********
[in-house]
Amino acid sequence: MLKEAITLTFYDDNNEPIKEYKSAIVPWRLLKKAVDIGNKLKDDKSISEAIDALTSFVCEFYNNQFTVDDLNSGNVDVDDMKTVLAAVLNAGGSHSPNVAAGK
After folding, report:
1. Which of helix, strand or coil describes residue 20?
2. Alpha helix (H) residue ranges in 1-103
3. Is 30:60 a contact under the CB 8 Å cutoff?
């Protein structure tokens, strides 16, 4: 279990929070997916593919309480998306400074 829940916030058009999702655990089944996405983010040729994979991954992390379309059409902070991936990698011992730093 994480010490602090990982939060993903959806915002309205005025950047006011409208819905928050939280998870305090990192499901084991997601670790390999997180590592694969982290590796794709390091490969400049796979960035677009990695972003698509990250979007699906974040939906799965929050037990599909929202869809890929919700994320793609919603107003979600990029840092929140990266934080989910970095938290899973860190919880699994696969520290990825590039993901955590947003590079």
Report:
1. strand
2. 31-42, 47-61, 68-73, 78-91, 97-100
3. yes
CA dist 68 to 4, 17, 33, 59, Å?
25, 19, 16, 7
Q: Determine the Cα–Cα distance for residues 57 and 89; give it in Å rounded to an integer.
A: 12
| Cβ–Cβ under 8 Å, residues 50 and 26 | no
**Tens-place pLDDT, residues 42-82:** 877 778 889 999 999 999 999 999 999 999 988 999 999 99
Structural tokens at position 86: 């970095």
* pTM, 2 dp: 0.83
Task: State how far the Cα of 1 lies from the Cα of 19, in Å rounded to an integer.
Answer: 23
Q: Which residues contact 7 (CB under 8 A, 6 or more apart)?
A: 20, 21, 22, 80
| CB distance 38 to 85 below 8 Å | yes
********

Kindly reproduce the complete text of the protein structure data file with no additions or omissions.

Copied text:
[in-house]
Amino acid sequence: MLKEAITLTFYDDNNEPIKEYKSAIVPWRLLKKAVDIGNKLKDDKSISEAIDALTSFVCEFYNNQFTVDDLNSGNVDVDDMKTVLAAVLNAGGSHSPNVAAGK
After folding, report:
1. Which of helix, strand or coil describes residue 20?
2. Alpha helix (H) residue ranges in 1-103
3. Is 30:60 a contact under the CB 8 Å cutoff?
């Protein structure tokens, strides 16, 4: 279990929070997916593919309480998306400074 829940916030058009999702655990089944996405983010040729994979991954992390379309059409902070991936990698011992730093 994480010490602090990982939060993903959806915002309205005025950047006011409208819905928050939280998870305090990192499901084991997601670790390999997180590592694969982290590796794709390091490969400049796979960035677009990695972003698509990250979007699906974040939906799965929050037990599909929202869809890929919700994320793609919603107003979600990029840092929140990266934080989910970095938290899973860190919880699994696969520290990825590039993901955590947003590079």
Report:
1. strand
2. 31-42, 47-61, 68-73, 78-91, 97-100
3. yes
CA dist 68 to 4, 17, 33, 59, Å?
25, 19, 16, 7
Q: Determine the Cα–Cα distance for residues 57 and 89; give it in Å rounded to an integer.
A: 12
| Cβ–Cβ under 8 Å, residues 50 and 26 | no
**Tens-place pLDDT, residues 42-82:** 877 778 889 999 999 999 999 999 999 999 988 999 999 99
Structural tokens at position 86: 């970095």
* pTM, 2 dp: 0.83
Task: State how far the Cα of 1 lies from the Cα of 19, in Å rounded to an integer.
Answer: 23
Q: Which residues contact 7 (CB under 8 A, 6 or more apart)?
A: 20, 21, 22, 80
| CB distance 38 to 85 below 8 Å | yes